The causal network identifies activities, stressors and processes from unconventional gas resource development that may lead to changes in endpoints related to water and the environment. Monitoring is critical for evaluating changes in a system associated with specific known impacts (Gitzen et al., 2012). The causal network identifies particular points along a causal pathway where monitoring would be most useful.
The impact assessment results and structure of the causal network are used to prioritise 4 broad monitoring objectives: (i) estimating baseline and trend; (ii) comparing areas of potential impact with areas where no changes occur (control sites); (iii) monitoring compliance with, and effectiveness of, mitigation strategies; and (iv) monitoring to validate and refine the causal network.
Specific monitoring objectives define the attributes to be measured, the spatial domain, timeframe of monitoring, and detection of the magnitude of change. Selection of attributes for each of the monitoring objectives is based on ‘measurement endpoints’ and ‘environmental condition indicators’ associated with the causal network. A measurement endpoint is a measurable attribute of the ‘assessment endpoint’ associated with a link from a process to an endpoint. An example is the ‘number of mature Australian painted snipe individuals’, which is a measurement endpoint for the persistence of Australian painted snipe endpoint. A measurement endpoint links from a process in the causal network, such as mortality of native species, to an endpoint. Environmental condition indicators are attributes of stressors or processes that are relevant to, but not directly related or linked to an endpoint. An example is the ‘area burned by bushfire’, which is an attribute of the ecosystem burning process node. Ecosystem burning links to habitat degradation, fragmentation and loss , which then links to the persistence of Australian painted snipe endpoint. Environmental condition indicators are often measured at a regional scale and relate to many endpoints.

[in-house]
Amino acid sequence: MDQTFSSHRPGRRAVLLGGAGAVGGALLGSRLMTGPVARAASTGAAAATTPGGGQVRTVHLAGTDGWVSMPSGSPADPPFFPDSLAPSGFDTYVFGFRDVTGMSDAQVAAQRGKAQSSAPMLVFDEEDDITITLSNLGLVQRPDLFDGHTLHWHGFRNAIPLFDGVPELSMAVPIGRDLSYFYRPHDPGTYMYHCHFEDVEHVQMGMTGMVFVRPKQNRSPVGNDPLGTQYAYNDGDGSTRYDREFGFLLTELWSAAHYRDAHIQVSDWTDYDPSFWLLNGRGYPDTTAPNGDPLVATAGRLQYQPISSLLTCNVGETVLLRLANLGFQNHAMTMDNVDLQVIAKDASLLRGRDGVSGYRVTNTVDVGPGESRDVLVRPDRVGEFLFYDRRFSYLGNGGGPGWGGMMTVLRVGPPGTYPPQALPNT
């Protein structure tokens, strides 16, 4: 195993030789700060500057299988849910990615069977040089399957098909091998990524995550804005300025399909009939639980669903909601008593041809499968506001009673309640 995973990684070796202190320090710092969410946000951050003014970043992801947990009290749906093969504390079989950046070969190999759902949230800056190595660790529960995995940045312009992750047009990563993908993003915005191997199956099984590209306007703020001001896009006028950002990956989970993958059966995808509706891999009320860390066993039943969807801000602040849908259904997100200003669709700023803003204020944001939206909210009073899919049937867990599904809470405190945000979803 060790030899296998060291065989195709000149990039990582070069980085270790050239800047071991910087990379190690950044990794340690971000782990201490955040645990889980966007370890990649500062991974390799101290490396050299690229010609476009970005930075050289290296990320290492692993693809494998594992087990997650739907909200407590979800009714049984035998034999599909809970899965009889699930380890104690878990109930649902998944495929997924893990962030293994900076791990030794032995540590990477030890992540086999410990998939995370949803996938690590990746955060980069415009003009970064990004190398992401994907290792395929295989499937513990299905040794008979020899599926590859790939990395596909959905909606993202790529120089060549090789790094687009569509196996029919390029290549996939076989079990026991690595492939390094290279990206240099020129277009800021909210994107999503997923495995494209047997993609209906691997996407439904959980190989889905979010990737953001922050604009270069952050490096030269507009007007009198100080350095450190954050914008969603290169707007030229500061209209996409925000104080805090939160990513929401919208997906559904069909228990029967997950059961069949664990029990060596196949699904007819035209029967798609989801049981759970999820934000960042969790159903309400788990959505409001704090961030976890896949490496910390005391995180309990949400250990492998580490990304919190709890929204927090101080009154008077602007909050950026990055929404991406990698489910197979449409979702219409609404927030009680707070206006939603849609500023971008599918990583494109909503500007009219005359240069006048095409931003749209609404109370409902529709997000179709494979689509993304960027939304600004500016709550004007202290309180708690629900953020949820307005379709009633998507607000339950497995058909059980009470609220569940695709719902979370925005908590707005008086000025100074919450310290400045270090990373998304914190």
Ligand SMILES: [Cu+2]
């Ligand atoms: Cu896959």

Baseline and trend monitoring can establish the initial extent and condition of endpoints and can also detect trends or changes in the future. Natural capital accounting provides a framework to capture spatial and temporal changes to water and the environment
Baseline data establishes the condition of endpoints related to water and the environment prior to unconventional gas resource development. Regional-scale data were compiled in the baseline synthesis and gap analysis for the Cooper GBA region (Holland et al., 2020). Natural capital accounting was used to compile a set of ecosystem extent and condition accounts for the Cooper GBA region ( Box 1 , Geological and Bioregional Assessment Program (2021m)). Proposals for future unconventional gas resource development require additional monitoring to provide local-scale baseline data on measurement endpoints and environmental condition indicators, which can include the extent and condition of the endpoint.
Measurement endpoints for:
- protected fauna and flora relate to the abundance of the species and are based on the criteria for listing outlined in the EPBC Act. Environmental condition indicators include habitat extent, surface water quality and streamflow.